§0.87 — Among the controversies intrinsic to Bitcoin, or proper to it, and thus exceeding the schema sketched above, none comes close to matching the importance of the ‘block size debate’. In broaching this subject, it is crucial to note, from the beginning, that the nature of Bitcoin necessitates that any debate is essentially peripheralized. Bitcoin has its own proper dispute resolution procedure – it might be more accurately said that the protocol is a dispute resolution procedure – which works through decentralized consensus production and forks, not through dialectic and political reconciliation. Its relation to argument is one of techonomic substitution, rather than politico-philosophical subordination. In this regard, it epitomizes the work-around.*****

§0.88 — In actuality, Bitcoin falls short of itself, inevitably. Its potential remains only very partially expressed. This is a criticism that only makes sense with reference to a teleological construction. What – in the end – is the purpose of Bitcoin? In selling itself, Bitcoin answers this question in a piecemeal way. It promises and – to some lesser but already non-negligible extent – actually delivers various services, primarily associated with monetary modernization on the cryptic mainstream of the deep industrial process. It defends capital from inflation-oriented political discretion, protects transactional anonymity, ensures contractual execution without reference to financial authorities, and refines currency to facilitate micropayment capabilities. It is, however, far more than any – or all – of this, because decentralization has never been done this well, at least within a social context. Bitcoin is thus nothing less than an escalation of multiplicity. Its potential necessarily escapes any conveniently-traced horizon.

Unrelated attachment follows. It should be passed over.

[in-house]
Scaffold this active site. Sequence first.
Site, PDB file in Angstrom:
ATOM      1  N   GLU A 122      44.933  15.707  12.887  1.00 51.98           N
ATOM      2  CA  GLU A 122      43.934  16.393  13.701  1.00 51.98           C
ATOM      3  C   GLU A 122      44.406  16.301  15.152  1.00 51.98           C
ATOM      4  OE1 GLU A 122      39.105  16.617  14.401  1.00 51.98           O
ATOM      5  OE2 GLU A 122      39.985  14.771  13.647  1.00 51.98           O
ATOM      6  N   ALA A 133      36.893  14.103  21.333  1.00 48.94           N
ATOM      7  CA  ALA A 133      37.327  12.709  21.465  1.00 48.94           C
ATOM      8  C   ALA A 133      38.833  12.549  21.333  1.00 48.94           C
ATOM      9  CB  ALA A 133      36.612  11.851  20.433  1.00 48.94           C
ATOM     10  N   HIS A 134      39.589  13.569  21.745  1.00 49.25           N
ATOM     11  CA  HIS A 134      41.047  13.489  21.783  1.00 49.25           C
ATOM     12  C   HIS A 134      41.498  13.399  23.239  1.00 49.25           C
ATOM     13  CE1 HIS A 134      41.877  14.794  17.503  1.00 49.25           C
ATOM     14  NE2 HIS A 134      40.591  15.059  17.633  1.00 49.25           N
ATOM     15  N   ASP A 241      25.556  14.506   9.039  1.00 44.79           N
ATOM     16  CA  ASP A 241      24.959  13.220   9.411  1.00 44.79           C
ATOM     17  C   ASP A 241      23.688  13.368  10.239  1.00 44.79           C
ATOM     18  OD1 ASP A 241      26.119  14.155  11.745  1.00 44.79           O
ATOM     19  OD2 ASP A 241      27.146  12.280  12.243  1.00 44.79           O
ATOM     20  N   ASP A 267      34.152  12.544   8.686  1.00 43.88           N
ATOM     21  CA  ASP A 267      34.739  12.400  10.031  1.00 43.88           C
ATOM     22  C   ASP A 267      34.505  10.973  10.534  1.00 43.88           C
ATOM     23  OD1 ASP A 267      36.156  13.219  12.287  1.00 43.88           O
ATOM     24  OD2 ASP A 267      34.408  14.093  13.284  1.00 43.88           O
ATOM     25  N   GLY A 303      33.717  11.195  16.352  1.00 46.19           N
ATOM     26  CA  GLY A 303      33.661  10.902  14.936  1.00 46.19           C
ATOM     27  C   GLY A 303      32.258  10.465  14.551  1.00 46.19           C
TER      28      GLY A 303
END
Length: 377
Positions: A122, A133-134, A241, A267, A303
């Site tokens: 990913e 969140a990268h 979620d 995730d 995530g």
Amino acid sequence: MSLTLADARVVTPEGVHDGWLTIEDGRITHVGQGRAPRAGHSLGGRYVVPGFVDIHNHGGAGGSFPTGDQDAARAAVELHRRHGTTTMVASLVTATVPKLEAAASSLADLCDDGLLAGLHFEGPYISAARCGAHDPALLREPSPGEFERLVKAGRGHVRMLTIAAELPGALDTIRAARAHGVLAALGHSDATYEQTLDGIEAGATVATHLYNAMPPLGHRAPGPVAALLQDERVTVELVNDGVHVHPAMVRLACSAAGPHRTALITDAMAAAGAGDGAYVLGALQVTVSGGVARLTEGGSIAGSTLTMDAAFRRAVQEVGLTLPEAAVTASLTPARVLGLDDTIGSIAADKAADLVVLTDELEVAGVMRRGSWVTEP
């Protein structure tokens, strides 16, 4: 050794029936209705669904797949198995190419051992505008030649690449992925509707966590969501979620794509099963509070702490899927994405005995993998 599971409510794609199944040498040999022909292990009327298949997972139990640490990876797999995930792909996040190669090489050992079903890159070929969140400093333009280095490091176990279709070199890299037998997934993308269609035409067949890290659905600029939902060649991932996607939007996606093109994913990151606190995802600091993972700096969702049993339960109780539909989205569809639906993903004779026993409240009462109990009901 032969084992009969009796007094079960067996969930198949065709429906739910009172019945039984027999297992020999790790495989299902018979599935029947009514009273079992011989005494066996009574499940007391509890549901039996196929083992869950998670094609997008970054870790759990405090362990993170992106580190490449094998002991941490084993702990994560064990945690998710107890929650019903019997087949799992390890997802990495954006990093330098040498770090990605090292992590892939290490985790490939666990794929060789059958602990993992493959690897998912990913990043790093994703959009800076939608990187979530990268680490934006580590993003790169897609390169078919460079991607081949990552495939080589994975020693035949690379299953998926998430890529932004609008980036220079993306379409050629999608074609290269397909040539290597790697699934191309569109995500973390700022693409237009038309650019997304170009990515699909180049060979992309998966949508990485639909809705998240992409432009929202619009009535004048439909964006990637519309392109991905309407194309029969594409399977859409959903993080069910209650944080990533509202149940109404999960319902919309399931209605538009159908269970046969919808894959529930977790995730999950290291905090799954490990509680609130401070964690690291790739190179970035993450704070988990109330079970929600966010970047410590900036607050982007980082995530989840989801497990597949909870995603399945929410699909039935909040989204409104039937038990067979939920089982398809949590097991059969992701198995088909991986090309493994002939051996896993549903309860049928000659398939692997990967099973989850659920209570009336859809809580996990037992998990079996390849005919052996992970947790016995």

* Only three, why not five? Our list does not describe a full process of grieving for the fiat currency order, but restricts itself to partial articulation of the Bitcoin controversy. It nevertheless unmistakably truncates the celebrated (and much-parodied) ‘five stages of grief’ outlined by Elisabeth Kübler Ross. Denial, Anger, and Bargaining take us from derisive laughter, through heated ideological opposition, into mainstreaming schemes, even if it would be over-hasty to assume these responses were tidily organized as sequential phases. Depression and – finally – Acceptance begin on the far-side of all argument, with the updated presumption that Bitcoin has unambiguously won. Crypto-Current returns from Acceptance, but (in accordance with its nature) it hides the details.

** This is exemplified by the ‘Streisand Effect’.

*** Hype-cycles are serious things. Every emerging technology of profound consequence is, during the early-phase of its introduction, over-sold. Such promotional extravagance is thus an indicator of considerable ambivalence. It predicts – simultaneously – a short-term correction, medium-term resilience, and long-term take-off. If this is the sense in which Bitcoin is being hyped, it will eventually be huge, beyond even anything the hype-phase anticipates.

**** By analogy to a successful business competitor greeted by the words: “Okay, you’ve proved that you’re good enough to work for me.”

***** The greatest anti-capitalist joke known to history runs: Capital interprets morality as damage and routes around it. The rightly-celebrated maxim which this witticism plays off is discussed directly in Chapter 4.

Leave a Reply